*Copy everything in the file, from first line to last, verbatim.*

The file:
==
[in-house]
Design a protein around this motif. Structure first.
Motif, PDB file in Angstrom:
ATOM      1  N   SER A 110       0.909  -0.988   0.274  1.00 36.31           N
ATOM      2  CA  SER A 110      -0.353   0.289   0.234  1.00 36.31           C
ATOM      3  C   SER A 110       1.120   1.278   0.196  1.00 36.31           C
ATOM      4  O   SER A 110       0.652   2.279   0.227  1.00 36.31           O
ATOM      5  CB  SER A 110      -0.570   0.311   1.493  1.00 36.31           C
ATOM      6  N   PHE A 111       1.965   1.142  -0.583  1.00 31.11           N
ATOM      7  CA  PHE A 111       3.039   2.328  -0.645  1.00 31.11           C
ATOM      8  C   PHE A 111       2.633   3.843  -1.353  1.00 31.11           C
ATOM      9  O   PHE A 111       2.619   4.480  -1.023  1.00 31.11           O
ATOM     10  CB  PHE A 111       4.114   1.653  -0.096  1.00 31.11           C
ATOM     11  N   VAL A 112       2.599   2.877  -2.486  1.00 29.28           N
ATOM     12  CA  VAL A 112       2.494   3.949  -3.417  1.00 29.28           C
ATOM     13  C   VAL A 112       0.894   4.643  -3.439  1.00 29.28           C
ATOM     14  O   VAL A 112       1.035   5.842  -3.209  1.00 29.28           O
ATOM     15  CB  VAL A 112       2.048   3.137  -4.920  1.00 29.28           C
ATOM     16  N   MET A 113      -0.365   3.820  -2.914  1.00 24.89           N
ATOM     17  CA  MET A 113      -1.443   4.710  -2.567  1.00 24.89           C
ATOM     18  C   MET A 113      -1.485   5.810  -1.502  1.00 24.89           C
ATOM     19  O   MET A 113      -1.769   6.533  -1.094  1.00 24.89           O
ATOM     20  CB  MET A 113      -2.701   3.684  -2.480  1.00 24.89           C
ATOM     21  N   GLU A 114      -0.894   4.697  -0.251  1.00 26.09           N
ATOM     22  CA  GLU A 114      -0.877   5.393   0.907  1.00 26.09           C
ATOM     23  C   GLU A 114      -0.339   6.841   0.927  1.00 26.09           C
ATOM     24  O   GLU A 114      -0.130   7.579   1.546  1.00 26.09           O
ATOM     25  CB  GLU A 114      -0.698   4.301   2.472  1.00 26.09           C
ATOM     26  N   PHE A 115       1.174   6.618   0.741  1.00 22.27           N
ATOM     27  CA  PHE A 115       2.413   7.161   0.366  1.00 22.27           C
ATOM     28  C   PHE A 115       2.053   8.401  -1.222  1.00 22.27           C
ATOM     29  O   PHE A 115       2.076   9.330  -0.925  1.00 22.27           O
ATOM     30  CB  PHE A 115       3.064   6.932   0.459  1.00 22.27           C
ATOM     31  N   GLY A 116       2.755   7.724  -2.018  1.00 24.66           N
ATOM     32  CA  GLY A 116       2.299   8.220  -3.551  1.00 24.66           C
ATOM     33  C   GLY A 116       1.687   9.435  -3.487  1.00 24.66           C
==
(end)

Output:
[in-house]
Design a protein around this motif. Structure first.
Motif, PDB file in Angstrom:
ATOM      1  N   SER A 110       0.909  -0.988   0.274  1.00 36.31           N
ATOM      2  CA  SER A 110      -0.353   0.289   0.234  1.00 36.31           C
ATOM      3  C   SER A 110       1.120   1.278   0.196  1.00 36.31           C
ATOM      4  O   SER A 110       0.652   2.279   0.227  1.00 36.31           O
ATOM      5  CB  SER A 110      -0.570   0.311   1.493  1.00 36.31           C
ATOM      6  N   PHE A 111       1.965   1.142  -0.583  1.00 31.11           N
ATOM      7  CA  PHE A 111       3.039   2.328  -0.645  1.00 31.11           C
ATOM      8  C   PHE A 111       2.633   3.843  -1.353  1.00 31.11           C
ATOM      9  O   PHE A 111       2.619   4.480  -1.023  1.00 31.11           O
ATOM     10  CB  PHE A 111       4.114   1.653  -0.096  1.00 31.11           C
ATOM     11  N   VAL A 112       2.599   2.877  -2.486  1.00 29.28           N
ATOM     12  CA  VAL A 112       2.494   3.949  -3.417  1.00 29.28           C
ATOM     13  C   VAL A 112       0.894   4.643  -3.439  1.00 29.28           C
ATOM     14  O   VAL A 112       1.035   5.842  -3.209  1.00 29.28           O
ATOM     15  CB  VAL A 112       2.048   3.137  -4.920  1.00 29.28           C
ATOM     16  N   MET A 113      -0.365   3.820  -2.914  1.00 24.89           N
ATOM     17  CA  MET A 113      -1.443   4.710  -2.567  1.00 24.89           C
ATOM     18  C   MET A 113      -1.485   5.810  -1.502  1.00 24.89           C
ATOM     19  O   MET A 113      -1.769   6.533  -1.094  1.00 24.89           O
ATOM     20  CB  MET A 113      -2.701   3.684  -2.480  1.00 24.89           C
ATOM     21  N   GLU A 114      -0.894   4.697  -0.251  1.00 26.09           N
ATOM     22  CA  GLU A 114      -0.877   5.393   0.907  1.00 26.09           C
ATOM     23  C   GLU A 114      -0.339   6.841   0.927  1.00 26.09           C
ATOM     24  O   GLU A 114      -0.130   7.579   1.546  1.00 26.09           O
ATOM     25  CB  GLU A 114      -0.698   4.301   2.472  1.00 26.09           C
ATOM     26  N   PHE A 115       1.174   6.618   0.741  1.00 22.27           N
ATOM     27  CA  PHE A 115       2.413   7.161   0.366  1.00 22.27           C
ATOM     28  C   PHE A 115       2.053   8.401  -1.222  1.00 22.27           C
ATOM     29  O   PHE A 115       2.076   9.330  -0.925  1.00 22.27           O
ATOM     30  CB  PHE A 115       3.064   6.932   0.459  1.00 22.27           C
ATOM     31  N   GLY A 116       2.755   7.724  -2.018  1.00 24.66           N
ATOM     32  CA  GLY A 116       2.299   8.220  -3.551  1.00 24.66           C
ATOM     33  C   GLY A 116       1.687   9.435  -3.487  1.00 24.66           C